width of compression face of member, in. (mm);
distance from extreme compression fiber to centroid of nonprestressed tension reinforcement, in.
(mm);
distance from extreme compression fiber to centroid of prestressed reinforcement, in. (mm);
specified compressive strength of concrete, psi
(MPa);
stress in prestressed reinforcement at nominal
strength, psi (MPa); and
yield strength of nonprestressed reinforcement, psi
(MPa).

1.6Report objective
The objective of this report is to summarize the state of the
art of the current knowledge as well as recent developments
in partial prestressing so that engineers who are not experienced in prestressed concrete design will have a better
understanding of the concept.

423.5R-5

CHAPTER 2PARTIALLY PRESTRESSED


MEMBERS UNDER STATIC LOADING
2.1Behavior
There are a number of investigations on the behavior of
partially prestressed concrete beams under static loading
(Abeles 1968; Burns 1964; Cohn and Bartlett 1982; Harajli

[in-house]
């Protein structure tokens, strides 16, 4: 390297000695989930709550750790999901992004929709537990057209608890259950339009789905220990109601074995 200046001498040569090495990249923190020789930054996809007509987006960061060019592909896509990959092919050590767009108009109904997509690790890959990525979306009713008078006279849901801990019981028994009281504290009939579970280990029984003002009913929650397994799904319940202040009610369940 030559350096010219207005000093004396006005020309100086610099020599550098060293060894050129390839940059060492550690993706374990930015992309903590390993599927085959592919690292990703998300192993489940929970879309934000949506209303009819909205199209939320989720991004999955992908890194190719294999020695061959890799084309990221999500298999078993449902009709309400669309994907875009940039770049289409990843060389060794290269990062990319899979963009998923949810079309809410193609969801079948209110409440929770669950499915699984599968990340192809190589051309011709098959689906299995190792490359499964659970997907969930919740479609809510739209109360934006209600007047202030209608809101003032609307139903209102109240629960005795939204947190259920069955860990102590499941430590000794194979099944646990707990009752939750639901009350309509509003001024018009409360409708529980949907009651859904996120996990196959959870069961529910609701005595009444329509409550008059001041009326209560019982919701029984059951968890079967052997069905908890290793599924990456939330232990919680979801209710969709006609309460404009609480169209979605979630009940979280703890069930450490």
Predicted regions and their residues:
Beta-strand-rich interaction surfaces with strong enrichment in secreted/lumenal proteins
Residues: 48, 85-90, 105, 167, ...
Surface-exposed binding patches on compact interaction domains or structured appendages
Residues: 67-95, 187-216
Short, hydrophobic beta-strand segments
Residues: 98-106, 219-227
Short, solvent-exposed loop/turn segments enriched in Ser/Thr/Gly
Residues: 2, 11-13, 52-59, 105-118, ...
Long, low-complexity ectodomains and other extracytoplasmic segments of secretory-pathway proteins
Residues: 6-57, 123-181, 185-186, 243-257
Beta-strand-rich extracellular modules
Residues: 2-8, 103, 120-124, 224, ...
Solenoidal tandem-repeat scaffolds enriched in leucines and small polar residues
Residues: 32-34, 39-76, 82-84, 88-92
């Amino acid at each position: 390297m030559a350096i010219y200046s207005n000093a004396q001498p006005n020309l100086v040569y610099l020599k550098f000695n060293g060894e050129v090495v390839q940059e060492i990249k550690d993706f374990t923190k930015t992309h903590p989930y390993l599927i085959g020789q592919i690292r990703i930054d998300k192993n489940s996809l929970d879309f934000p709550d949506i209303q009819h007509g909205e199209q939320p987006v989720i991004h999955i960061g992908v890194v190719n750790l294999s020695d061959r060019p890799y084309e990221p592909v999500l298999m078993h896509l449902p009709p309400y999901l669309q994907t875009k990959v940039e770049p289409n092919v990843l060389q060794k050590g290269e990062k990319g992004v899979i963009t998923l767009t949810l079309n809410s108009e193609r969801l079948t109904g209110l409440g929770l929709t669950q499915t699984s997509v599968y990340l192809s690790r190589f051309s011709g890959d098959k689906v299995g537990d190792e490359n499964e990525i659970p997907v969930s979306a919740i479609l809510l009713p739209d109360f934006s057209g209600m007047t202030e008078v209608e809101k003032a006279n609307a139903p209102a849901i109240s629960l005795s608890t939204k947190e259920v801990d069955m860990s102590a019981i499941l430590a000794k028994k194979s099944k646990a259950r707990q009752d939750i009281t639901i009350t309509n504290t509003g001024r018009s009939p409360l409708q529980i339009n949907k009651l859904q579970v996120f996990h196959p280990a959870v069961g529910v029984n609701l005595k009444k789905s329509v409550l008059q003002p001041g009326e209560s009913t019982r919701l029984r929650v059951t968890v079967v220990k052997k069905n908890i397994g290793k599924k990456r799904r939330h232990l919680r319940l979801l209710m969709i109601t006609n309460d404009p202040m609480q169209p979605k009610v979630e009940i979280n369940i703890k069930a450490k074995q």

1985; Harajli and Naaman 1985a; Shaikh and Branson 1970;
Thompson and Park 1980a; and Watcharaumnuay 1984). The
following results were observed for beams having the same
ultimate resistance in flexure but reinforced with various
combinations of prestressed and nonprestressed reinforcement:
Partially prestressed beams show larger ultimate deflections, higher ductility, and higher energy absorption than
fully prestressed beams;
Partially prestressed beams tend to crack at lower load
levels than fully prestressed beams. Average crack spacing and crack widths are smaller. The stiffness of partially prestressed beams after cracking is larger;